Dong Duong Tap Chi, the first journal in Vietnamese published in Hanoi, was founded by Nguyen Van Vinh in 1913. If before this date, it was a period of learning chu quoc ngu, one can say that with DDTC the second stage began when one learned to use that script to write literature. In fact, DDTC became a training school for aspiring authors where they practiced writing quoc ngu literature. A number of these writers later joined Nam Phong Tap Chi which appeared in 1917 and was run by Pham Quynh (1892-1945). NPTC, also based in Hanoi, was an elitist journal whose major contribution was also to provide a forum for writers to try out their art. Staffed by literati of good background and experience, the journal displayed the powerful lingering influence of Chinese literature. Its prose tended to be flowery and to exhibit rhythm and parallel sentence structure reminiscent of Tang-style poetry. For creative writing, attempts were made to borrow literary material from nom literature, vocabulary from The Tale of Kieu and from folksongs. But, in the main, the language was removed from everyday speech.

Appearing in those two popular forums were travelers notes, chronicles, occasional tales (random episodes which were used simply as a starting point for an exposition of the authors philosophical comments on life), and short stories, the last being fiction proper in my estimation. Recent studies have brought to light that the first novella ever written appeared in the south: Truyen Thay Lazaro Phien, written in quoc ngu by Nguyen Trong Quan and published in Saigon in 1887. This was followed in 1910 by Tran Chanh Chieu’s Hoang To Anh ham oan, and Trương Duy Toan’s Phan Yen ngoai su – Tiet phu gian truan, both novelettes. Decades later in the north, among the first writers of short stories were Nguyen Ba Hoc (1857-1921) and Pham Duy Ton (1883-1924), both published in Nam Phong in the late 1910s and the early 20s. Of the two, Pham showed a definite attempt to develop a straightforward narrative voice devoid of classical cliches and poetic rhythm.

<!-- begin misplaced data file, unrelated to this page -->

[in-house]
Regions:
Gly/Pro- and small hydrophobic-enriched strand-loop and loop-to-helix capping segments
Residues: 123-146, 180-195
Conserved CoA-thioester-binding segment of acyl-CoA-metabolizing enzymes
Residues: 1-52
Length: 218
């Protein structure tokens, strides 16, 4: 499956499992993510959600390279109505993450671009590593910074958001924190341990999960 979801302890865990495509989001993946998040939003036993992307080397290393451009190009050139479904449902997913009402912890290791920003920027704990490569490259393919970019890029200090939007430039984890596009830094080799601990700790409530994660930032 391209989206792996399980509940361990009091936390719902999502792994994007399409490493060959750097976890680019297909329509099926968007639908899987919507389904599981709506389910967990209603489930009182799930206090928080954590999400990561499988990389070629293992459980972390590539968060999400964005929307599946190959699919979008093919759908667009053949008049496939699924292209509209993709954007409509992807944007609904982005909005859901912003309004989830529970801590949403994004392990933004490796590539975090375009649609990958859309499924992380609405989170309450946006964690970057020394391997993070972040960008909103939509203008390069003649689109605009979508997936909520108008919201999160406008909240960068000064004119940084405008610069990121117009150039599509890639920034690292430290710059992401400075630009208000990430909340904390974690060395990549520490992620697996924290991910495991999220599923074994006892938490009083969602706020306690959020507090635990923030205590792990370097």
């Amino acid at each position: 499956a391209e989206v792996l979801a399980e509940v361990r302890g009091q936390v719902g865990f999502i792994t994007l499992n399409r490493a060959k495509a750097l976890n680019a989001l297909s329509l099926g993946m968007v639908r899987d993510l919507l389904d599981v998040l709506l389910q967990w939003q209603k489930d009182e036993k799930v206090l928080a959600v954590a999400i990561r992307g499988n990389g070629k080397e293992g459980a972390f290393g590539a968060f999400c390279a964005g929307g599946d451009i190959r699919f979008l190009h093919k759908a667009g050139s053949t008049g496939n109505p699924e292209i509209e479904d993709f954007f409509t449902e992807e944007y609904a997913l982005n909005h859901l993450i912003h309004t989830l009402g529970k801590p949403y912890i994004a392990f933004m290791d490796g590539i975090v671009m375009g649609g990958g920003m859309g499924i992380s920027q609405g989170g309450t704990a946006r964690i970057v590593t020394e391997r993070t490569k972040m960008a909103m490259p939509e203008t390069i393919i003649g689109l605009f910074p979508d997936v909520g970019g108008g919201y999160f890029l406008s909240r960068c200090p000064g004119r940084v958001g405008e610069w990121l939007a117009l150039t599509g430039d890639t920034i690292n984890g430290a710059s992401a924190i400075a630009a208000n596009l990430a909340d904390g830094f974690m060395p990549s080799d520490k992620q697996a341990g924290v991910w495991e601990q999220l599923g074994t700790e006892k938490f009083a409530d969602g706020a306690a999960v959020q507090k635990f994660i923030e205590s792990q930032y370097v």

With regard to dating the emergence of the novel, opinions may differ based on different ways of defining the genre. One should note that the Vietnamese use two separate terms truyen dai (long narrative) and truyen tieu thuyet (novel), which would seem to suggest a differentiation between narrative discourse and novelistic discourse. On this issue M. H. Abrams notes: “The term ‘novel’ is now applied to a great variety of writings that have in common only the attribute of being extended works of fiction written in prose.” (1) If one accepted this simple definition, one would oncur that the first novelist was a southern author named Ho Bieu Chanh. This author began writing fiction in 1912, but his first novel in prose, Ai Lam Duoc?was only serialized in 1919. His later novels were not published in book form until 1922, and then they were circulated only in the Saigon area, where they were very popular.(2) His name only came to be known to the northern literary audience in 1929, when one of his works appeared in Phu Nu Tan Van, which was the first influential women’s periodical, established in Saigon and run by women. Ho Bieu Chanhs popular works published before 1928 were inspired by, if not closely modeled after, French novels. For example, Ngon Co Gio Dua in 1926 was an adaptation of Victor Hugos Les Misrables, where the author uses the general story line of the French work but keeps the plot moving with Vietnamese characters and situations. After 1928, his works were entirely of his own creation. Ho brings in familiar social realities and local color; and he uses the dialects spoken in specific areas of the south. But the overall structure of each work is still not much different from the oral tradition of storytelling, events following one another in strict chronological order with rare detours for description of characters, feelings, or setting. When present, the description is rather monotonous, having no careful choice of details and no variation of sentence structures.